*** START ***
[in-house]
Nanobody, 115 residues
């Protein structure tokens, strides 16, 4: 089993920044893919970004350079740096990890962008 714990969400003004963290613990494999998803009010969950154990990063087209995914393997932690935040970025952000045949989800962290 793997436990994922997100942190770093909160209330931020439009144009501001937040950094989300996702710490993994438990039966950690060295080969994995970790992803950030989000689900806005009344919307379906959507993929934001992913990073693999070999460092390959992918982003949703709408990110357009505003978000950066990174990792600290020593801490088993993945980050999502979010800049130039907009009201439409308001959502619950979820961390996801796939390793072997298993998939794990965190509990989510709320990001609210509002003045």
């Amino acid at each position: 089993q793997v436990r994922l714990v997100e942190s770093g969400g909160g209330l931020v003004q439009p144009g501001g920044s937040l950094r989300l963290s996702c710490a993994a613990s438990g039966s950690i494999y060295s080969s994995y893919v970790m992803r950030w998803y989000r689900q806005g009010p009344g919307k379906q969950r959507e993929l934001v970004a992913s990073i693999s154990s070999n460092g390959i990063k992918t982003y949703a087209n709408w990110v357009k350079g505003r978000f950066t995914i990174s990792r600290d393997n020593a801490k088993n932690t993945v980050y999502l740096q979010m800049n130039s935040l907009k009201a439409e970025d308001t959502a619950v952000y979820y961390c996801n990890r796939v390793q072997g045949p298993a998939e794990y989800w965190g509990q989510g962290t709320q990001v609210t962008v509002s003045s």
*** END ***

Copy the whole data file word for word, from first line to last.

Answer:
[in-house]
Nanobody, 115 residues
């Protein structure tokens, strides 16, 4: 089993920044893919970004350079740096990890962008 714990969400003004963290613990494999998803009010969950154990990063087209995914393997932690935040970025952000045949989800962290 793997436990994922997100942190770093909160209330931020439009144009501001937040950094989300996702710490993994438990039966950690060295080969994995970790992803950030989000689900806005009344919307379906959507993929934001992913990073693999070999460092390959992918982003949703709408990110357009505003978000950066990174990792600290020593801490088993993945980050999502979010800049130039907009009201439409308001959502619950979820961390996801796939390793072997298993998939794990965190509990989510709320990001609210509002003045």
């Amino acid at each position: 089993q793997v436990r994922l714990v997100e942190s770093g969400g909160g209330l931020v003004q439009p144009g501001g920044s937040l950094r989300l963290s996702c710490a993994a613990s438990g039966s950690i494999y060295s080969s994995y893919v970790m992803r950030w998803y989000r689900q806005g009010p009344g919307k379906q969950r959507e993929l934001v970004a992913s990073i693999s154990s070999n460092g390959i990063k992918t982003y949703a087209n709408w990110v357009k350079g505003r978000f950066t995914i990174s990792r600290d393997n020593a801490k088993n932690t993945v980050y999502l740096q979010m800049n130039s935040l907009k009201a439409e970025d308001t959502a619950v952000y979820y961390c996801n990890r796939v390793q072997g045949p298993a998939e794990y989800w965190g509990q989510g962290t709320q990001v609210t962008v509002s003045s």